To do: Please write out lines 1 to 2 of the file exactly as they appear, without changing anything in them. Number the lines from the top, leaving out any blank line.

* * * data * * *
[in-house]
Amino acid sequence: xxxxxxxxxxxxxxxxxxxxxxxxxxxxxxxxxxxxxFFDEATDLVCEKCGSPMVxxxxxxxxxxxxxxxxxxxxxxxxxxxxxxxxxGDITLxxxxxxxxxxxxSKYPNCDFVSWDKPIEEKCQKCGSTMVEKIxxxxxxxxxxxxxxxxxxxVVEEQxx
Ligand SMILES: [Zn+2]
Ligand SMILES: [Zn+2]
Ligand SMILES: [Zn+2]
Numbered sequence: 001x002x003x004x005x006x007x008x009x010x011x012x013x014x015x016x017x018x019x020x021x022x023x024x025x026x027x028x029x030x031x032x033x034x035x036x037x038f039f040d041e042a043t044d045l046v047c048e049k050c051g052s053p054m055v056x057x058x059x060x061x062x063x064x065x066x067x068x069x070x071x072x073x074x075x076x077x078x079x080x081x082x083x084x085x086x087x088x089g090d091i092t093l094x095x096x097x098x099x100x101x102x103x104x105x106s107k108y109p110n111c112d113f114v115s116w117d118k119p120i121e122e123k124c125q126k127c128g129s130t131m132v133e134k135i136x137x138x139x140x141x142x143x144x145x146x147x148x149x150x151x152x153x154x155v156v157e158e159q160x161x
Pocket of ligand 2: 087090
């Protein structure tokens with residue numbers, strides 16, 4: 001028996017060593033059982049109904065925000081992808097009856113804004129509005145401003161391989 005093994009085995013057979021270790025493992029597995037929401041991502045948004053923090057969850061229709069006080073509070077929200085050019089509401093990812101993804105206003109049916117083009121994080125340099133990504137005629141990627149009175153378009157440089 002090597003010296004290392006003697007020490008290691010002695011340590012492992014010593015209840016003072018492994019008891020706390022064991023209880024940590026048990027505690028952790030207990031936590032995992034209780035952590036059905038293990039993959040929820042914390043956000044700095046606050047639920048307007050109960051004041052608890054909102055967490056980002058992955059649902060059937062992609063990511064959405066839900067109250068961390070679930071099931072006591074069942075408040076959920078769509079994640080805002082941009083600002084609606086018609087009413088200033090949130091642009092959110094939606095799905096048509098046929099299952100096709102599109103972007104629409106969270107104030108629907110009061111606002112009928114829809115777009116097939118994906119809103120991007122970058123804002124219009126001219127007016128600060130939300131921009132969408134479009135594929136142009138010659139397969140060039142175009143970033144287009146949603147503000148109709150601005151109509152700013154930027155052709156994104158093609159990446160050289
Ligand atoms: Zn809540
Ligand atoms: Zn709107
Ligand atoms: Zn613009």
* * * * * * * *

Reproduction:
[in-house]
Amino acid sequence: xxxxxxxxxxxxxxxxxxxxxxxxxxxxxxxxxxxxxFFDEATDLVCEKCGSPMVxxxxxxxxxxxxxxxxxxxxxxxxxxxxxxxxxGDITLxxxxxxxxxxxxSKYPNCDFVSWDKPIEEKCQKCGSTMVEKIxxxxxxxxxxxxxxxxxxxVVEEQxx